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There are a lot of questions still left up in the air in relation to how something should be translated, especially when it comes to translating into English. "Should it be in US English or UK English (or International English)?" is a question I constantly have to ask my clients. With the help of the following graphs and tables I hope to shed some light on the darker, less accessible areas of English grammar. Let's hope it comes in handy.

Before we start though, I'd like to mention: Lynne Truss' best-selling, yet reasonably vague, grammar compendium, Eats, Shoots and Leaves, has itself been accused of linguistic Stalinism (See Ian Sansom's article in Sunday edition [Feb 11, 2006] of The Guardian) for its attempts at setting down rules on how things should be written and that these rules must be adhered to. According to David Crystal, whose book is reviewed in Sansom's article) it is this boxing-in of the English language and non-embracing of the fact that languages are constantly changing that are the main flaws: "Language change is inevitable, continuous, universal and multidirectional. Languages do not get better or worse when they change. They just - change."

Personally, I don't deny that languages are changing, but surely, as a translator, it's a good thing to have a set of rules to tell you how to write correctly (although Truss' chapter on commas doesn't really make it much clearer).

With that in mind, the following topics will hopefully clear up any problem areas that you may have been unsure about when translating (they may, however, become obsolete in a few years, who knows?)

Abbreviations and Acronyms - What are the standards? 

US
·         Use full stops with abbreviations
·         Do not use full stops in abbreviations, or spaces between initials:

US, 10 am, No 1, EJ Hoover

Exceptions: e.g./ etc. / i.e. / col. / p. / pp. / no.
UK

·         Use full stops between initials:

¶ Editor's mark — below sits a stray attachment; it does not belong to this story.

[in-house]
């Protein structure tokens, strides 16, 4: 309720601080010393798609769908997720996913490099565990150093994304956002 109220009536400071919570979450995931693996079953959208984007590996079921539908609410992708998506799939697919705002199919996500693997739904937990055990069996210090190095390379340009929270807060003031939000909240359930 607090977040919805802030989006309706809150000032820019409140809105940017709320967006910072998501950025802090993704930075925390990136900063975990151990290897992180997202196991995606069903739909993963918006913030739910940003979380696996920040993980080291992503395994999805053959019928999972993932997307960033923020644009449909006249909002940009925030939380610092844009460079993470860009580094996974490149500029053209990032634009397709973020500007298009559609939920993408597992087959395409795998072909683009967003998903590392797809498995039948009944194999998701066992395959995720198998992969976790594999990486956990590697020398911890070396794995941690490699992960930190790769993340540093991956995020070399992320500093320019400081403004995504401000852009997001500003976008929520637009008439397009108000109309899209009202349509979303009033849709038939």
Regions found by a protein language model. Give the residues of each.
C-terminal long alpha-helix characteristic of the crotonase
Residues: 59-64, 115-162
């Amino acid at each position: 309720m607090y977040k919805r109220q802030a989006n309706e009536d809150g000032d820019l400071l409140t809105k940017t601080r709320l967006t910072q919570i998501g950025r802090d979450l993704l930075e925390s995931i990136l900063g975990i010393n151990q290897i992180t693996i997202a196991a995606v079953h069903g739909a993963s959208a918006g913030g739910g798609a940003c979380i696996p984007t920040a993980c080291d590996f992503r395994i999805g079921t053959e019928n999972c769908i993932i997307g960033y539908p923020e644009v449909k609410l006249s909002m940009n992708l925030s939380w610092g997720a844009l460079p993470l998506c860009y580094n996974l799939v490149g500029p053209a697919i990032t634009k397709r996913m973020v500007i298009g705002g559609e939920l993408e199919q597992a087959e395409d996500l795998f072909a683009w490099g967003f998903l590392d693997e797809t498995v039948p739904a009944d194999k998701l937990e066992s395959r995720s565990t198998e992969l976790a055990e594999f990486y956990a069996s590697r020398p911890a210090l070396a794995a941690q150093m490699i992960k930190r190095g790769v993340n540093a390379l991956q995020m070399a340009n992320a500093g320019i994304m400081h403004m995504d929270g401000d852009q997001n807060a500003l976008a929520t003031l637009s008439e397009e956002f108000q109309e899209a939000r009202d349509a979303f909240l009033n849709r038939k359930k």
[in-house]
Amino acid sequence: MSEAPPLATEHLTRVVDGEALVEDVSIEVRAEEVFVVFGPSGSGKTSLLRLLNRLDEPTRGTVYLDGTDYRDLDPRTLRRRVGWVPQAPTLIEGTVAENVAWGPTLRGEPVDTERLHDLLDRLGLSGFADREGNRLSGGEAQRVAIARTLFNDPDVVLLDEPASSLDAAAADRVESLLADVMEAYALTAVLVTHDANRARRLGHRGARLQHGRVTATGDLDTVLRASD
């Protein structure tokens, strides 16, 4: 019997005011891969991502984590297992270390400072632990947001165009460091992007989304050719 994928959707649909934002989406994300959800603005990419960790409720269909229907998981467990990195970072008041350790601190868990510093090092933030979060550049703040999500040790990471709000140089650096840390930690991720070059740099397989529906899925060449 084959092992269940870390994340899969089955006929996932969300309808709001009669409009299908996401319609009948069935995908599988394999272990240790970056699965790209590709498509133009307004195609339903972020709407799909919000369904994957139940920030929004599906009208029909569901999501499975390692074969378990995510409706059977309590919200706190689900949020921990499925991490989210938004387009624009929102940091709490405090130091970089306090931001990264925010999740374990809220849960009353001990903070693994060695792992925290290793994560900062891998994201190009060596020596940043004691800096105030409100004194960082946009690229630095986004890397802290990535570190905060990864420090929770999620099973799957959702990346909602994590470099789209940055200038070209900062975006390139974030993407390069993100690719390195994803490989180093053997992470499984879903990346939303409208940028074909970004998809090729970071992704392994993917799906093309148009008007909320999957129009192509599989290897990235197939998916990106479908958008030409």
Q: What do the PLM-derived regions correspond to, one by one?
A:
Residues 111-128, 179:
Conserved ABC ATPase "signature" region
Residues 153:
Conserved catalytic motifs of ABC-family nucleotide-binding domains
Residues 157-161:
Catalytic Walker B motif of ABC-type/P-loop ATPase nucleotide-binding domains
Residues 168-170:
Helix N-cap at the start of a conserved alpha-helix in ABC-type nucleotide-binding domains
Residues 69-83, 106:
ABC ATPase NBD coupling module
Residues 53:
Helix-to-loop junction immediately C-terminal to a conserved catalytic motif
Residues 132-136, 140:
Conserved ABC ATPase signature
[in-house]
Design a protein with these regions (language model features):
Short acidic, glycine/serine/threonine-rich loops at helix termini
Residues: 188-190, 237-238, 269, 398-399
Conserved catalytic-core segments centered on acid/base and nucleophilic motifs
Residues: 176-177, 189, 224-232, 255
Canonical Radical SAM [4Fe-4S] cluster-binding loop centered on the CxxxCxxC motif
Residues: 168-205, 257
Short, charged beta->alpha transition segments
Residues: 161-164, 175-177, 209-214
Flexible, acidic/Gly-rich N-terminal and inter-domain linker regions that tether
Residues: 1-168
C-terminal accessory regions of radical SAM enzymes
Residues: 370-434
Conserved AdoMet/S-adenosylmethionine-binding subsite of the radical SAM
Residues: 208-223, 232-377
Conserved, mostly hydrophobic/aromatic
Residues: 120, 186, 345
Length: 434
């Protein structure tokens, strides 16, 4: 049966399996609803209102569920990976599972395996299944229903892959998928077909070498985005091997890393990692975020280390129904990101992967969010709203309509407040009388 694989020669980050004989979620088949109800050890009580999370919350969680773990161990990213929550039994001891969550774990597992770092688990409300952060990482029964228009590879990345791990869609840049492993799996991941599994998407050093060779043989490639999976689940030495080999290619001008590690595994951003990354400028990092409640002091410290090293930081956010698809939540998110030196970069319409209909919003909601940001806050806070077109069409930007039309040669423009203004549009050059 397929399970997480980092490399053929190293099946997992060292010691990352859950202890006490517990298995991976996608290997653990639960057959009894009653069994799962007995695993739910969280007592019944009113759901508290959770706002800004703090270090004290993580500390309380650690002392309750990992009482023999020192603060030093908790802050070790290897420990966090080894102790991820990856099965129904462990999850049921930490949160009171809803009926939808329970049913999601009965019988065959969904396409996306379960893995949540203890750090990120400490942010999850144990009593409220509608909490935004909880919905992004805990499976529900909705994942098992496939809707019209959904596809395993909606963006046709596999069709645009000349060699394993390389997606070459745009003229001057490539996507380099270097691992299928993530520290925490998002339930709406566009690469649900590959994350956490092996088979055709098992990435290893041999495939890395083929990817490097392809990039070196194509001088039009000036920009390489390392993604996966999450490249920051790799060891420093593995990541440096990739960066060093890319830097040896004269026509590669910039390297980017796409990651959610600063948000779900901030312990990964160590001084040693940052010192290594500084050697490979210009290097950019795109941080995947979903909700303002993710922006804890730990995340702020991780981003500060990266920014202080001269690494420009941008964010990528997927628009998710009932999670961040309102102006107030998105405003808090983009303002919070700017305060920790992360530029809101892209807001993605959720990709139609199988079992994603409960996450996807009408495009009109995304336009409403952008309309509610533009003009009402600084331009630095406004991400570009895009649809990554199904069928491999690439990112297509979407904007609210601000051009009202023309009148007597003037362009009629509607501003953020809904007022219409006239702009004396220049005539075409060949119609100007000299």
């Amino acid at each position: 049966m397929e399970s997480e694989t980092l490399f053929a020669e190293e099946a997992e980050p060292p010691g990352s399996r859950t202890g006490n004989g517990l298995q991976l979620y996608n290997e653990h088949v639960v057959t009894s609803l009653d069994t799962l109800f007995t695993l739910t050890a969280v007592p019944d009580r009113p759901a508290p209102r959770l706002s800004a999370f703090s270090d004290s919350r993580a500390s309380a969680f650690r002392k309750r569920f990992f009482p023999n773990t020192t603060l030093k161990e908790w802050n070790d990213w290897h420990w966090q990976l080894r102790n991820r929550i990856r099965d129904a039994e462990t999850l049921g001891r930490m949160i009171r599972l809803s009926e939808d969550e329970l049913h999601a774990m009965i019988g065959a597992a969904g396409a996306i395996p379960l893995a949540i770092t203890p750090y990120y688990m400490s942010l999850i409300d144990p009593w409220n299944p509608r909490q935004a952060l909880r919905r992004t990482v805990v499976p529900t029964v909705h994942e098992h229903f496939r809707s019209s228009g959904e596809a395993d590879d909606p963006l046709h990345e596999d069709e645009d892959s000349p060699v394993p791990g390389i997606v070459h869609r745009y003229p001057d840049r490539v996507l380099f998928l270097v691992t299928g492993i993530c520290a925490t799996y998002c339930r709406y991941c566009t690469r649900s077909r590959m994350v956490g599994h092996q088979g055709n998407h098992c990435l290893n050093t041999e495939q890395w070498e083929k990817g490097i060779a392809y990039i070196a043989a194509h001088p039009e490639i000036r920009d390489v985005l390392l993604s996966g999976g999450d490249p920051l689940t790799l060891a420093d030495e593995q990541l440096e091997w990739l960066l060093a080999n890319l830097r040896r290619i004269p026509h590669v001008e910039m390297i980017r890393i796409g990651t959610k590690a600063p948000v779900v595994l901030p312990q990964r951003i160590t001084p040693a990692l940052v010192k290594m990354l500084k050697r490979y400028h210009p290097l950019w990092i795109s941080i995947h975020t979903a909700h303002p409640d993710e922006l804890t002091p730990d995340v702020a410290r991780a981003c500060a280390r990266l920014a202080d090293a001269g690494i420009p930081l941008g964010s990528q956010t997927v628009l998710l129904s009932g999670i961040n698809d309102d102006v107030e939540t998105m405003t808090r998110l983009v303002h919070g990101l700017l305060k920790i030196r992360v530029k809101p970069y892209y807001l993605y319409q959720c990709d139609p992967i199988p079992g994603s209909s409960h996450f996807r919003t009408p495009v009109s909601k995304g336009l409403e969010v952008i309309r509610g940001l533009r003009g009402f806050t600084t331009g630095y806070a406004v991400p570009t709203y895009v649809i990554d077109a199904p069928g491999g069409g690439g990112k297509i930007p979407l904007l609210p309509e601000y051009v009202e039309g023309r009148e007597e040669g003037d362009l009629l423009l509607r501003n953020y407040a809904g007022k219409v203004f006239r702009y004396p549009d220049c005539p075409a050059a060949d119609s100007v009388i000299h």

U.S, 10 a.m., E.J Hoover

Exceptions: Do not use full stops if e.g., the company you are referring to does not - 'BBC' remains 'BBC'.

Capitalisation - When and when not to capitalise

After Colons

If introducing a list with a colon, it is followed by a lower case character:

He had to buy the following: milk, bread, cheese.

If introducing a sentence, an upper case character follows:

We have already touched on this point: Electricity is not something you want to mess with.

North...south

North, South, East and West are capitalised if they make up part of a title of an area or political division but not if they are used in a descriptive sense: 

East Germany, South-east Asia, Northern Ireland, but not: northern Germany, eastern France

Peoples' titles 

When a title appears as part of a person's name, it is capitalised: 

            US Secretary of State Colin Powell

Captions and Headings 

Captions: You should not use a full stop at the end of a caption unless the text is a full sentence. 

Headings: 

US

Use a capital only for the initial character of the heading and proper nouns: 

Understand and be understood by everyone

UK

Capitalise the first, last, and important words in a title:

Understand and be Understood by Everyone

Currencies - What are the standards?           

Currencies should be written in lower case when the whole word is used: 
euro, pound, dollar etc. 

Dollars are abbreviated like this:

·         US dollars: US$50

·         Australian dollars: A$50

·         Hong Kong dollars: HK$50

For writing euro currencies:

Singular

cent, euro 
Plural
cents, euro
€4.50 (preferred), EUR 4.50 (if the font does not support the symbol)

Italics - When to use them

Should be avoided, but are acceptable for:

·         Non-English
·         The titles of books, periodicals, newspapers, films, plays and television programmes etc.